A State-Space Approach to the Synthesis of Random Vertical and Crosslevel Rail Irregularities

[+] Author and Article Information
R. H. Fries

Failure Analysis Associates® , Inc., Alexandria, VA 22312

B. M. Coffey

Department of Mechanical Engineering, Virginia Polytechnic Institute and State University, Blacksburg, Virginia 24061

J. Dyn. Sys., Meas., Control 112(1), 83-87 (Mar 01, 1990) (5 pages) doi:10.1115/1.2894143 History: Received June 09, 1987; Revised January 04, 1989; Online March 17, 2008


Solution of rail vehicle dynamics models by means of numerical simulation has become more prevalent and more sophisticated in recent years. At the same time, analysts and designers are increasingly interested in the response of vehicles to random rail irregularities. The work described in this paper provides a convenient method to generate random vertical and crosslevel irregularities when their time histories are required as inputs to a numerical simulation. The solution begins with mathematical models of vertical and crosslevel power spectral densities (PSDs) representing PSDs of track classes 4, 5, and 6. The method implements state-space models of shape filters whose frequency response magnitude squared matches the desired PSDs. The shape filters give time histories possessing the proper spectral content when driven by white noise inputs. The state equations are solved directly under the assumption that the white noise inputs are constant between time steps. Thus, the state transition matrix and the forcing matrix are obtained in closed form. Some simulations require not only vertical and crosslevel alignments, but also the first and occasionally the second derivatives of these signals. To accommodate these requirements, the first and second derivatives of the signals are also generated. The responses of the random vertical and crosslevel generators depend upon vehicle speed, sample interval, and track class. They possess the desired PSDs over wide ranges of speed and sample interval. The paper includes a comparison between synthetic and measured spectral characteristics of class 4 track. The agreement is very good.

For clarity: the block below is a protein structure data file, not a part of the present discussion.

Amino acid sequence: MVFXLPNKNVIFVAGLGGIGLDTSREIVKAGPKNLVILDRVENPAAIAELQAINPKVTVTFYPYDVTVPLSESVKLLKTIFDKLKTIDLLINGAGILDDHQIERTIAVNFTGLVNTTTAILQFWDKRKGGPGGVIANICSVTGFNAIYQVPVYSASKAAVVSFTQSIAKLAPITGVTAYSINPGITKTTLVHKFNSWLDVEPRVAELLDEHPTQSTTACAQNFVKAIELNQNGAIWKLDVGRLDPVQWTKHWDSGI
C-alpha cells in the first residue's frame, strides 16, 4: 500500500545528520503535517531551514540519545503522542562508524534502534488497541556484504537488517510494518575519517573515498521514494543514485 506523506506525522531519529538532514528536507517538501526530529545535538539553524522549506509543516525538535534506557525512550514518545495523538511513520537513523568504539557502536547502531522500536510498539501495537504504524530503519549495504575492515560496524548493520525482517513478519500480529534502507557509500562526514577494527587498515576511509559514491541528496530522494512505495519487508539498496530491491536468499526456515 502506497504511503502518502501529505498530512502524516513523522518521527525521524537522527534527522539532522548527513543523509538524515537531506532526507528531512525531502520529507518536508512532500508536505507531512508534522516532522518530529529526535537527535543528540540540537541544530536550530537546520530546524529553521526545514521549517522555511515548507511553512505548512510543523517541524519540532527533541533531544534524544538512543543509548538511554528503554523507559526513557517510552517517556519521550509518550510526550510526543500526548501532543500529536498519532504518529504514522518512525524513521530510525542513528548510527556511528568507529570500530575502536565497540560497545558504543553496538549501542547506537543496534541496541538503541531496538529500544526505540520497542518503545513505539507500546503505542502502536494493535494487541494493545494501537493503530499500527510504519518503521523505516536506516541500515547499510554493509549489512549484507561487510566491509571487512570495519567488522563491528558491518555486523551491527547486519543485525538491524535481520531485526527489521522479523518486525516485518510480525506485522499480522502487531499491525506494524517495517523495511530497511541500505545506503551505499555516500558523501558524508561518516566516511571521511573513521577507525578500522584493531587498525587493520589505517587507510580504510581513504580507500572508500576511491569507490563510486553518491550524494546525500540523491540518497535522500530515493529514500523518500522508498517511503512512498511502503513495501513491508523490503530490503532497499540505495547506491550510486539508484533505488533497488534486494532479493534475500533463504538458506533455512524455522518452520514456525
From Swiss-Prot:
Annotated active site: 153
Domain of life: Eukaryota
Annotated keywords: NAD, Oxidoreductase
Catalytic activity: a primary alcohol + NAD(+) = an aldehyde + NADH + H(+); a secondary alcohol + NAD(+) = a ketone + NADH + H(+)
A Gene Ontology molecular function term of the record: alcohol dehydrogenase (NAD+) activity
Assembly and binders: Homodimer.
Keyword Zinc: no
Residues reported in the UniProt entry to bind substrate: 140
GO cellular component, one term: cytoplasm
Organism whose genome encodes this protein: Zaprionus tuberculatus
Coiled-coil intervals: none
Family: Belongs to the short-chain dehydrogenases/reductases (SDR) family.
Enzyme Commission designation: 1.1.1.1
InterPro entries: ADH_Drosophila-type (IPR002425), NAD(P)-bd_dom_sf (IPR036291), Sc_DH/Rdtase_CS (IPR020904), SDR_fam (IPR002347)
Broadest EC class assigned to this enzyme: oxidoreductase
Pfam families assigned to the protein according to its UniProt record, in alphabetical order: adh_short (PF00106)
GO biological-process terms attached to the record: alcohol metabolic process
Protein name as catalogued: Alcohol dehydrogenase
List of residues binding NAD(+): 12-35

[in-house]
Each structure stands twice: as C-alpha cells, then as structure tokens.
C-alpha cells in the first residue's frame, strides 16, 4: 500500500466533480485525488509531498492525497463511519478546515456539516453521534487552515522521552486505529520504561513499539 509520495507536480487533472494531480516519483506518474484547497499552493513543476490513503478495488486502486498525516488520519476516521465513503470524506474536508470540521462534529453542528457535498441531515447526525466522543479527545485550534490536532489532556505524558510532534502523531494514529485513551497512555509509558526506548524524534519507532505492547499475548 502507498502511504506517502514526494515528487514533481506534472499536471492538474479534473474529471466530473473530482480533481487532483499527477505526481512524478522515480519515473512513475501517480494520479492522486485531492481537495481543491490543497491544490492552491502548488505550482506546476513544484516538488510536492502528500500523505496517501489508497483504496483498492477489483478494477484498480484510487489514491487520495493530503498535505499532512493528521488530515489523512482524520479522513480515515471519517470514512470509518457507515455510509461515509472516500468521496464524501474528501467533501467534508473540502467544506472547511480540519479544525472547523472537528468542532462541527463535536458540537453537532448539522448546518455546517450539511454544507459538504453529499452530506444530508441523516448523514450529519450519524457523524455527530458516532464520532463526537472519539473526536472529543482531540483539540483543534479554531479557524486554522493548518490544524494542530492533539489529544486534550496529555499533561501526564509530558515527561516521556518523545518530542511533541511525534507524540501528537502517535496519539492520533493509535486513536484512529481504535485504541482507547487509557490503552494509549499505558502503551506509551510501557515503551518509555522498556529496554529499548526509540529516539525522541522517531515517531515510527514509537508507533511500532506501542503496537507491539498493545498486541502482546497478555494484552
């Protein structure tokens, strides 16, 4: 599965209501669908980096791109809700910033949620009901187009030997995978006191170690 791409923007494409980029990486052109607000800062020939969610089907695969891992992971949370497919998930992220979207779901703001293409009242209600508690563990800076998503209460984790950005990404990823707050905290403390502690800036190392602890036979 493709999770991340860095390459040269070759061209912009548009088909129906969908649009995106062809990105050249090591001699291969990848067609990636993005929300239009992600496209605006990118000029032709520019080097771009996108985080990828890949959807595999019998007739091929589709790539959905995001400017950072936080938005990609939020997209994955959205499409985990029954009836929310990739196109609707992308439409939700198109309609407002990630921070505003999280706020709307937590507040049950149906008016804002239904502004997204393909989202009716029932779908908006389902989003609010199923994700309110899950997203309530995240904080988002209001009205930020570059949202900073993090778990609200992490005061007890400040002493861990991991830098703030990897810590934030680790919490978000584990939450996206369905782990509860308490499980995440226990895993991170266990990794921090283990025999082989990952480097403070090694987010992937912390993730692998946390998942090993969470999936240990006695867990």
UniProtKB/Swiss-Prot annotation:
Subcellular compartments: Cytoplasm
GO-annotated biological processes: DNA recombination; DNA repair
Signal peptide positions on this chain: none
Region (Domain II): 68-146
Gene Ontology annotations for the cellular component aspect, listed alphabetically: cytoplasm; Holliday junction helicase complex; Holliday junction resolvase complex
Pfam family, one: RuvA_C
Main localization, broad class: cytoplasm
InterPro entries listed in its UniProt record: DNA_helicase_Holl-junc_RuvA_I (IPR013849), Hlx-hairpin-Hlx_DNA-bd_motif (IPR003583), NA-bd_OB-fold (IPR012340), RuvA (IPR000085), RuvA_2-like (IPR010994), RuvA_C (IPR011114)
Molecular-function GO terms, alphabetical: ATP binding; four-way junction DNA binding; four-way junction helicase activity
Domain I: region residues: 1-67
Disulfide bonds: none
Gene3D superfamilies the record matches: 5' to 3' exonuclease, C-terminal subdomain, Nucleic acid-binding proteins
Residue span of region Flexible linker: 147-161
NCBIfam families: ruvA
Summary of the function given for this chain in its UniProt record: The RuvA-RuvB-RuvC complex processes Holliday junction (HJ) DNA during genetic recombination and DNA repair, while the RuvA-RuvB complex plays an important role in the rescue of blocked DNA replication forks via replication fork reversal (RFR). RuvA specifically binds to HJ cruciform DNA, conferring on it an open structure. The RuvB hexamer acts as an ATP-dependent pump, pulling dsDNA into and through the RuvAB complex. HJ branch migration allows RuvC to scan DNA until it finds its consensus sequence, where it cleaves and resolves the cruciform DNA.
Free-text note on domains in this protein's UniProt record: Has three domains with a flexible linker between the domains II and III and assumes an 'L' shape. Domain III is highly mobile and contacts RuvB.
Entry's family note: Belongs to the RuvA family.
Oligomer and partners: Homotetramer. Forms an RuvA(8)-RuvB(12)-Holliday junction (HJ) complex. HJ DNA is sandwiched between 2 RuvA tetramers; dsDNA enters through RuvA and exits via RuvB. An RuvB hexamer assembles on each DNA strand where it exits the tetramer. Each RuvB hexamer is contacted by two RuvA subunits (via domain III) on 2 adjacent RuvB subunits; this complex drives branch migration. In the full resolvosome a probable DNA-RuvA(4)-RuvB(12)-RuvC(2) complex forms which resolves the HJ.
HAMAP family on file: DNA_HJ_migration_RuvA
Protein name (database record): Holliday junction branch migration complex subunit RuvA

Copyright © 1990 by The American Society of Mechanical Engineers
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